Slide 49.

In the assessment of vision for early intervention and special education we need to assess all visual functions, both the quality of the image and the higher cognitive visual functions as well as motor functions. Since most visually impaired children also have other impairments or chronic illnesses, their effect on the use of vision needs to be considered as well. Visual functioning is much more than measurement of visual acuity and visual field.

Slide 50.

After having measured all the functions that we can measure, we need to assess what the finding mean in terms of the child's every day functioning. The many activities where visual information is important, can be divided into four main groups:

  • communication,
  • orientation and movement,
  • daily living skills and
  • sustained near vision tasks like reading and writing.

Slide 51.

In assessment of vision for communication we need to answer following questions:

  • first, what kind of vision does the child have for eye contact and perception of expressions; if fixation is eccentric, all adult people need description of child's fixation behaviour,
  • second, is there enough vision for visual sharing of objects of interest with adults, how big objects and at which distance might be seen clearly enough,
  • third, can the infant/child see gestures. This is obviously very important in case the infant has hearing impairment but it is important in all communication.
  • fourth, role of auditory information in communication, does the infant vocalise, later speak,
  • fifth, what is known about the infant's tactile information. Hands are the second pair of eyes for visually impaired infants and children so their function needs to be assessed at the same way as we assess hearing in all visually impaired infants as a part of basic clinical investigations.

Slide 52.

In assessment of vision for orientation and movements we have following questions:

  • first, how far can the infant/child notice his/her toys, large objects, people and windows,
  • second, how far can objects initiate grasping, is the eye-hand-coordination smooth,
  • third, what has been learned about use of vision during play situations in little rooms?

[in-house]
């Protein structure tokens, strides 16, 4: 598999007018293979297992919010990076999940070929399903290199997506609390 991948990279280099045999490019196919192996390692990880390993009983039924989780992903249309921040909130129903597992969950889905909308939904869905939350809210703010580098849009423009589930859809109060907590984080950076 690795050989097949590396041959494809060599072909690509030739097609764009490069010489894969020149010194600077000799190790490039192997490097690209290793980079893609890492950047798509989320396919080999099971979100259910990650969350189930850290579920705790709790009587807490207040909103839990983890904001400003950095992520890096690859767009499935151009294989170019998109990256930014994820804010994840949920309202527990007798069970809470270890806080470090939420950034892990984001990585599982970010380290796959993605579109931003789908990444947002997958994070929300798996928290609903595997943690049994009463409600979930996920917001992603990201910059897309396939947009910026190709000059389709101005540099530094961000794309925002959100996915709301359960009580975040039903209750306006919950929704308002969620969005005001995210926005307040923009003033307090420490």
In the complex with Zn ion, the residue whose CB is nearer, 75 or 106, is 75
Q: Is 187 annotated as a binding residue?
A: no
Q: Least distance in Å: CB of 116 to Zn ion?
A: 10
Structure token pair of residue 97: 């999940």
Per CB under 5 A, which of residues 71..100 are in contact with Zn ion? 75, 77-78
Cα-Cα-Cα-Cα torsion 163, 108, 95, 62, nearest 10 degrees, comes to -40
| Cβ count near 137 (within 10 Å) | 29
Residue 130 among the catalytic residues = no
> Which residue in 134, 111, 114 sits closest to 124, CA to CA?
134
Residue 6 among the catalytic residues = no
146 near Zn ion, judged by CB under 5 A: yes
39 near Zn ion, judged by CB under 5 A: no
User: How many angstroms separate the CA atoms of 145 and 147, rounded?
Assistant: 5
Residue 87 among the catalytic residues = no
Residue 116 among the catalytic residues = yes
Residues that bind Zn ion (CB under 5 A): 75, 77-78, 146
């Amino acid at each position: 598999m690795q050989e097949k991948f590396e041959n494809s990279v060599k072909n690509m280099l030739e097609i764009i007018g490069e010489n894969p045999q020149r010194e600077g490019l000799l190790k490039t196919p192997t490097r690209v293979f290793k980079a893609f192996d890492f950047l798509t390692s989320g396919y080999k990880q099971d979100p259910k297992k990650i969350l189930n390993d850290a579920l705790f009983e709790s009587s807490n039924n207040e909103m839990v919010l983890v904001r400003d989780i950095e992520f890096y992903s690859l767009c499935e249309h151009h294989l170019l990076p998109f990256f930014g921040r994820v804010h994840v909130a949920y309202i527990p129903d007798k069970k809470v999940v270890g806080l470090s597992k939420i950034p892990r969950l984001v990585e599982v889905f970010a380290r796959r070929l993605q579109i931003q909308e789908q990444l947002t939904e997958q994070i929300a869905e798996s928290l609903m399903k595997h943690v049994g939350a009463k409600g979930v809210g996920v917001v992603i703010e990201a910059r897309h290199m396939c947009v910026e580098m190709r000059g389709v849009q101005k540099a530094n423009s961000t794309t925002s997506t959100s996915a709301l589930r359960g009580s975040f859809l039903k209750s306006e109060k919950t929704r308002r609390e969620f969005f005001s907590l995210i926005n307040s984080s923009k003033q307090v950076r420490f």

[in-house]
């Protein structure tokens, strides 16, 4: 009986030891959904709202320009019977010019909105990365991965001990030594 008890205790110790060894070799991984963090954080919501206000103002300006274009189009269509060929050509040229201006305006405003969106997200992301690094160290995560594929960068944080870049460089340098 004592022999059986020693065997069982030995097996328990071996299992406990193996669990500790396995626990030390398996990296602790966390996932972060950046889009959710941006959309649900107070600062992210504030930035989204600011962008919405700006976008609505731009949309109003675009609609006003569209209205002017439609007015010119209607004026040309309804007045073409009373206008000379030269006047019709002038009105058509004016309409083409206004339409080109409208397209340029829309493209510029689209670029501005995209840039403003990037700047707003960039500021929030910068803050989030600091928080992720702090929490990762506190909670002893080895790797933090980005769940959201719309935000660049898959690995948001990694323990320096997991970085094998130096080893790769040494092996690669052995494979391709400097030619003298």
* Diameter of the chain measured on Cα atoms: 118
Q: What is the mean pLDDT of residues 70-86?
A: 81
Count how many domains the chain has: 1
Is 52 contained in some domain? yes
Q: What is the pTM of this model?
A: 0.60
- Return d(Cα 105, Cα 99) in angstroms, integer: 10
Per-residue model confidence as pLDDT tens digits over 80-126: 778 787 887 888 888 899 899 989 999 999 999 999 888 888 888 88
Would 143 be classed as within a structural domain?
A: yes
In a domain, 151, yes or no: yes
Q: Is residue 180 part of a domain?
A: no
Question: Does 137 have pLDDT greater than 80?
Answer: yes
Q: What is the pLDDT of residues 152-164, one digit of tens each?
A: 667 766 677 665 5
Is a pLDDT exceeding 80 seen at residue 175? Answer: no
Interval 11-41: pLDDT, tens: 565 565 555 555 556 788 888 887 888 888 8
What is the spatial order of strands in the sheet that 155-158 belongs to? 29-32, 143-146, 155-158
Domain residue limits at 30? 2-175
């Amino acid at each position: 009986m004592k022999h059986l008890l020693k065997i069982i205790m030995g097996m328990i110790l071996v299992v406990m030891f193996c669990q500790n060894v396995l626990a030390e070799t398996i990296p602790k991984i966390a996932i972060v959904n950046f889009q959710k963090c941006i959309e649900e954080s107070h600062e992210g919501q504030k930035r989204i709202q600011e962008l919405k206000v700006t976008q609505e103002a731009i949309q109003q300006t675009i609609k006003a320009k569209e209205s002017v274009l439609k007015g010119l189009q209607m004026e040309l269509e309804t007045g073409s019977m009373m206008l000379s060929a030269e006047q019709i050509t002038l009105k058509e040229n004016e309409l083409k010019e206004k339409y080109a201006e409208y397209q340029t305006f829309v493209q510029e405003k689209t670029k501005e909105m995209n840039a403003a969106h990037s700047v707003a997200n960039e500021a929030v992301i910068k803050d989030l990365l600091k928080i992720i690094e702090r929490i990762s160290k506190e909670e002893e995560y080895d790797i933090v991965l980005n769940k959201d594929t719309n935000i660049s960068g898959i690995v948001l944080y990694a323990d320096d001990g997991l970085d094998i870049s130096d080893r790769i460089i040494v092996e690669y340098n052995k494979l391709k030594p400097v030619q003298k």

Slide 53.

"Little room" has in some places become restricted to mean Lilli Nielsen's little room but all small spaces can be used for training spatial concepts, object permanence and exploration. In this slide we see a regular brown box that has been decorated with different tactile surfaces and where there are toys hanging on a thick rubber band so that they can be brought to mouth when grasped.

Slide 54.

Questions in O&M, orientation and movement are:

  • how does visual impairment affect motor learning to reach next step, and
  • what can be said about the visual feed-back-loop during hand movements? We have all seen children who look at an object, turn their gaze, often also head, away and grasp the object without looking at it. In these cases it is important to observe what happens when the child does not turn the head but closes his/her eyes. If grasping is easier and more exact when eyes are closed than when they are open, then visual feed-back disturbs motor functions.

Slide 55.

Training of daily living skills is dependent on hand functions and in many tasks on eye-hand coordination. If motor functions are not age appropriate, their training becomes a special part of vision training. On the other hand, eye-hand coordination and vision can be trained during motor exercises.

Effect of visual impairment on the development to reach the next level in daily living skills needs to be assessed. As always, the question is, can we use common learning situations or do we need to use techniques typical to severely visually impaired infants and children.

Feeding situations are often good observation situations. However, if swallowing is difficult or the mouth is hypersensitive, feeding may be the most unpleasant and least motivating activity during the day.

Visually impaired children use their tongue in exploration much longer than sighted children. Actually, many severely visually impaired adult people explore small details with their tongue when fingers and vision do not convey their structure.

Slide 56.

A special group of children are visually impaired children whose hands do not function. When feet are used for writing instead of hands, reading distance becomes unusually long for a visually impaired child. Some of these children are also dysphasic and therefore have a complicated situation in both communication and daily living skills.